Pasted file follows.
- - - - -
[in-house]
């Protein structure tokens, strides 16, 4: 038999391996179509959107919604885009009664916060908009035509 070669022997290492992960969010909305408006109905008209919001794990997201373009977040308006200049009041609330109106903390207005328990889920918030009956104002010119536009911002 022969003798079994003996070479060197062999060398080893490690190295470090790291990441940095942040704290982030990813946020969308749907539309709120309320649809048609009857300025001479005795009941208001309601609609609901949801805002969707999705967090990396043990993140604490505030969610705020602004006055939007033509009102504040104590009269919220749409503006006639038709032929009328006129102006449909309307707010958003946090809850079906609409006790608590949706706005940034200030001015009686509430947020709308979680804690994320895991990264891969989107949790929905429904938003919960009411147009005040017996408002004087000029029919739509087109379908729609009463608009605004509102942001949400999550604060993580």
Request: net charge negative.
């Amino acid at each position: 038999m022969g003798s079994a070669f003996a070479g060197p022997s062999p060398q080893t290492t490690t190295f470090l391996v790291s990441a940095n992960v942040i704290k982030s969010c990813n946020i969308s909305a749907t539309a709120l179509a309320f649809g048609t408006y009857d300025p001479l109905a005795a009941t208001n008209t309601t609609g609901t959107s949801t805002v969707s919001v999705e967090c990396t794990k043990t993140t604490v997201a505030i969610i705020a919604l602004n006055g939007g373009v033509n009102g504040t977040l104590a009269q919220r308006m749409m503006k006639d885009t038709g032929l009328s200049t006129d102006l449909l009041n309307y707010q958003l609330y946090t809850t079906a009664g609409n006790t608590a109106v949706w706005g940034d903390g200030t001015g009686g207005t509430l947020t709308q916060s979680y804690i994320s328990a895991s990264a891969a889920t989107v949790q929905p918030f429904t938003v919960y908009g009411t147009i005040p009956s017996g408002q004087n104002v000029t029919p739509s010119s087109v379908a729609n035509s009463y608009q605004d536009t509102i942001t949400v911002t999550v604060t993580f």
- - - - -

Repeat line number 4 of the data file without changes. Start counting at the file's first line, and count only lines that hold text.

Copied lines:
């Amino acid at each position: 038999m022969g003798s079994a070669f003996a070479g060197p022997s062999p060398q080893t290492t490690t190295f470090l391996v790291s990441a940095n992960v942040i704290k982030s969010c990813n946020i969308s909305a749907t539309a709120l179509a309320f649809g048609t408006y009857d300025p001479l109905a005795a009941t208001n008209t309601t609609g609901t959107s949801t805002v969707s919001v999705e967090c990396t794990k043990t993140t604490v997201a505030i969610i705020a919604l602004n006055g939007g373009v033509n009102g504040t977040l104590a009269q919220r308006m749409m503006k006639d885009t038709g032929l009328s200049t006129d102006l449909l009041n309307y707010q958003l609330y946090t809850t079906a009664g609409n006790t608590a109106v949706w706005g940034d903390g200030t001015g009686g207005t509430l947020t709308q916060s979680y804690i994320s328990a895991s990264a891969a889920t989107v949790q929905p918030f429904t938003v919960y908009g009411t147009i005040p009956s017996g408002q004087n104002v000029t029919p739509s010119s087109v379908a729609n035509s009463y608009q605004d536009t509102i942001t949400v911002t999550v604060t993580f």